The Gutter Twins, Glasgow – Review
By David Pollock
A certain irony, you might imagine, informed the decision by Mick Jagger and Keith Richards to refer to themselves as the Glimmer Twins. Whatever the glimmer of redemption they saw within themselves was, the term was first adopted in the mid-Seventies when their prodigious hedonism was still in cruise control.
There’s surely no way the Gutter Twins’ name isn’t a reverent homage to Mick ‘n’ Keef, albeit one which cuts out the irony and goes straight to the dark heart of this band. Hinging on the creative partnership of Greg Dulli, of Afghan Whigs and currently frontman of the Twilight Singers, and Mark Lanegan, former Screaming Tree, Queen of the Stone Age and continuing collaborator with Glasgow’s own Isobel Campbell, the Gutter Twins are raw and troubling.
Although Dulli is the only one of the pair playing along with the band on an instrument (guitar and piano, largely), each of their vocal contributions are evenly balanced and well matched. For two such masters of the grizzly-voiced rock yell, in fact, there’s just enough of the odd couple going on to make the combination work more often than not.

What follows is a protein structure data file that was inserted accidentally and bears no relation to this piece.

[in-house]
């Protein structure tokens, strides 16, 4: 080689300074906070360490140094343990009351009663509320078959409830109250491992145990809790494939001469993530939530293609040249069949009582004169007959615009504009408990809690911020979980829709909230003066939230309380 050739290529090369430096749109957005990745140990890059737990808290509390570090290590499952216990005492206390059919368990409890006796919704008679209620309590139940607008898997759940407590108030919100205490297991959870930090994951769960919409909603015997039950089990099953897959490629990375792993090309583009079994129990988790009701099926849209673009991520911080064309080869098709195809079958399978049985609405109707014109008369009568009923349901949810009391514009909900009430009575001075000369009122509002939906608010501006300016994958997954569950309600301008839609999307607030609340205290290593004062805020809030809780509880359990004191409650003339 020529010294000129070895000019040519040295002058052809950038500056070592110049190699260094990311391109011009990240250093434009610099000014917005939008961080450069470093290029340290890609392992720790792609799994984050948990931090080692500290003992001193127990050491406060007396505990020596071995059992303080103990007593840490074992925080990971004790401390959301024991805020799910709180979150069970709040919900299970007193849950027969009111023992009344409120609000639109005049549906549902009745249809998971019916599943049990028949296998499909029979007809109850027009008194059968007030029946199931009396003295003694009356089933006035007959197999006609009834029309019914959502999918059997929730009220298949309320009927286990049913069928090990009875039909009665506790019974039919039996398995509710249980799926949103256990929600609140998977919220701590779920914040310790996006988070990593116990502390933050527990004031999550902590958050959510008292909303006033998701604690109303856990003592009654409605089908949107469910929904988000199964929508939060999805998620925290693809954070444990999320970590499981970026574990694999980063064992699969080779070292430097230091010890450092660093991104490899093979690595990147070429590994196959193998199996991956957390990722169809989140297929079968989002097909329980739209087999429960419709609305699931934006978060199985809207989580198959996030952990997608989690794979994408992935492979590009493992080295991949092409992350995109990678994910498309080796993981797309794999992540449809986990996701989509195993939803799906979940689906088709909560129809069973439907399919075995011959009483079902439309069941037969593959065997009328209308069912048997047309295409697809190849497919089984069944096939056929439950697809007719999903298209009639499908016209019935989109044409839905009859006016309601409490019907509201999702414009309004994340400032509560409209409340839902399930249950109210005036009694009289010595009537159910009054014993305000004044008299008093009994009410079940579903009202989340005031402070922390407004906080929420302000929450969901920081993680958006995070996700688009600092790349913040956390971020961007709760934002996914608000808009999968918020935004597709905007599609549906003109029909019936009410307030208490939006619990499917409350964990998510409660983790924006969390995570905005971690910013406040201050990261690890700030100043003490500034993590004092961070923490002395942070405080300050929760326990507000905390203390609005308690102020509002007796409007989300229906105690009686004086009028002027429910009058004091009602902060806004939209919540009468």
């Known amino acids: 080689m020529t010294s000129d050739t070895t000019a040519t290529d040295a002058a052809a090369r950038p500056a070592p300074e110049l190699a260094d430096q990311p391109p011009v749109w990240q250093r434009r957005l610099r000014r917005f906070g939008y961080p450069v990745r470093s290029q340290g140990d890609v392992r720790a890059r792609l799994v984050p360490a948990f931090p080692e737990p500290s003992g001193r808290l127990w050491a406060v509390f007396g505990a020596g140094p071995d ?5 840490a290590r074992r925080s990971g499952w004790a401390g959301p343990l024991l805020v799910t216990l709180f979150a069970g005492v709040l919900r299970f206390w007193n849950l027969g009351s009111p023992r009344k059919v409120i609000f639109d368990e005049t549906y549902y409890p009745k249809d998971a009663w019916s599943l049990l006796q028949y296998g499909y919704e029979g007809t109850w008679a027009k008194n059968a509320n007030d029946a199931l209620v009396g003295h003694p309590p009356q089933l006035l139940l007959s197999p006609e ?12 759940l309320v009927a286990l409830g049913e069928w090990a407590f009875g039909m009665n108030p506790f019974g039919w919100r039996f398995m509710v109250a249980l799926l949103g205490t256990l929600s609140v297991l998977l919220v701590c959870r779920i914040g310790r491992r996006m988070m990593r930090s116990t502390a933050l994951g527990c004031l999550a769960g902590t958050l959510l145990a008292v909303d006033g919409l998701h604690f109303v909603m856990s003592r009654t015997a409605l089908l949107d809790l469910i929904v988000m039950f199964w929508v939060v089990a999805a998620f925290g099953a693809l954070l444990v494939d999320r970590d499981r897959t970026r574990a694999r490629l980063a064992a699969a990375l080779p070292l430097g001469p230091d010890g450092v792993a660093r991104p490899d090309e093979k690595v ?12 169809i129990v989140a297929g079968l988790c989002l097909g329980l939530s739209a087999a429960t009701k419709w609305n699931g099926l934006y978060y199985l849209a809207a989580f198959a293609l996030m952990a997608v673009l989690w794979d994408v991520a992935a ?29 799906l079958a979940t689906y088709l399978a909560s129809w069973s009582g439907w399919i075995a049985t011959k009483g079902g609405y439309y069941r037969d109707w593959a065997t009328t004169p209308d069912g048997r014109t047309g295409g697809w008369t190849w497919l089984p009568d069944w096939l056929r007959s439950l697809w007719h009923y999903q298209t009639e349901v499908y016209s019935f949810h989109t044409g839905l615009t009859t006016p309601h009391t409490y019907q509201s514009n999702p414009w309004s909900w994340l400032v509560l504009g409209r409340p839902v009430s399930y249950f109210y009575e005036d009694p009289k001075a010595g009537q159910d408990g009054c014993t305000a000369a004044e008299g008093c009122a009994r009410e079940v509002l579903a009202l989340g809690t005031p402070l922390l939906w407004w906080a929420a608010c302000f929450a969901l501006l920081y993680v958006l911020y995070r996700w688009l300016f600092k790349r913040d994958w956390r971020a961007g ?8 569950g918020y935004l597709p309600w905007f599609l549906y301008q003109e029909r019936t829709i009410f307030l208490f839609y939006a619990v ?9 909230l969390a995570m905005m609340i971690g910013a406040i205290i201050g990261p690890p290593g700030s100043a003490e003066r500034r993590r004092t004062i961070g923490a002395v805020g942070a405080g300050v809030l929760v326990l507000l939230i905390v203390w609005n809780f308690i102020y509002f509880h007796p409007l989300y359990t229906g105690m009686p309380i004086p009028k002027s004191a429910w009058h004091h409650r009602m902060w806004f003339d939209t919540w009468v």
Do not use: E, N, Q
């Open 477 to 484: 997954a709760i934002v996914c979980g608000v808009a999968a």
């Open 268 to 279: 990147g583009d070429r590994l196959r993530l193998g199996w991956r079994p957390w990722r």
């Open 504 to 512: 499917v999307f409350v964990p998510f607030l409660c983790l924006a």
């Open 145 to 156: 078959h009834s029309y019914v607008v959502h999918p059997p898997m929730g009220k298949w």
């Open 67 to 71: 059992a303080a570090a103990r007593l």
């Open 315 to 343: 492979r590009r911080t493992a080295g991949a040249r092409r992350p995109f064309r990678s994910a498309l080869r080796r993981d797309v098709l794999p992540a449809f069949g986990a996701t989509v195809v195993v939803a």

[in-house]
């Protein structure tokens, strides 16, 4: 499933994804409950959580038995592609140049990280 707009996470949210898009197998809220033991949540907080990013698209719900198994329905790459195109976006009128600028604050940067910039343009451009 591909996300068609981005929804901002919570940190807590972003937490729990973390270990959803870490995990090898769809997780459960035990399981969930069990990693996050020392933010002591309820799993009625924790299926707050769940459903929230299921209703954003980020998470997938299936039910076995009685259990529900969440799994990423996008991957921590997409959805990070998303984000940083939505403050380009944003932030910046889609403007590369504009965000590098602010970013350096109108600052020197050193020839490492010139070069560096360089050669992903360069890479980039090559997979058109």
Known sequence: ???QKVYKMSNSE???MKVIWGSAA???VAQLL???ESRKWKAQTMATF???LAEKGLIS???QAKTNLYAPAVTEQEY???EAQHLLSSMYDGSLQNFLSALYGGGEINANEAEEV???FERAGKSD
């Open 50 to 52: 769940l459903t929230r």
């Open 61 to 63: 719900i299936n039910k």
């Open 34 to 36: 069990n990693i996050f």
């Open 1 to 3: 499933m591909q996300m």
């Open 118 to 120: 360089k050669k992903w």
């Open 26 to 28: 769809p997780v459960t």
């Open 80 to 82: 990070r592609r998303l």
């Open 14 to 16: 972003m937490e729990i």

The craggy Lanegan is the bad cop in this pairing, delivering a gruff, torrid vocal which recalls Tom Waits in its unschooled effectiveness. He sings “I Was In Love With You” like a man who knows this is his last chance to win his woman back, and already accepts that he’ll be dismissed to the bar when the song is over.
Lanegan’s raw style has a peculiar effect on women, and the Gutter Twins’ vaguely defined self-image as a pair of hellbound losers doesn’t eliminate a certain amount of self-possession from the equation.
Next to his co-vocalist, Dulli’s voice sounds almost angelic, which is a trick when all his very best lines are tainted with a frustrated self-doubt. “I see a darkness down the line,” he asserts during an unlikely but strong cover of Jose Gonzalez’s “Down the Line”. That’s as positive as it gets, but Lanegan’s gristly “she’ll never find another man like me” during the folk standard “St James Infirmary Blues” finds rare comfort in somewhat macho conceit.
Amidst a two-hour set of more expertly-realised standards and songs of their own, the out-and-out rock edge of the Gutters’ recorded work is smoothed down and made charming by the sheer force of personality the pair’s voices bring to the show. Their band is great, particularly Dave Rosser, whose guitar evokes a classic atmosphere which blends heavy, early-Nineties indie atmospherics with an air of wind-blown rootsiness.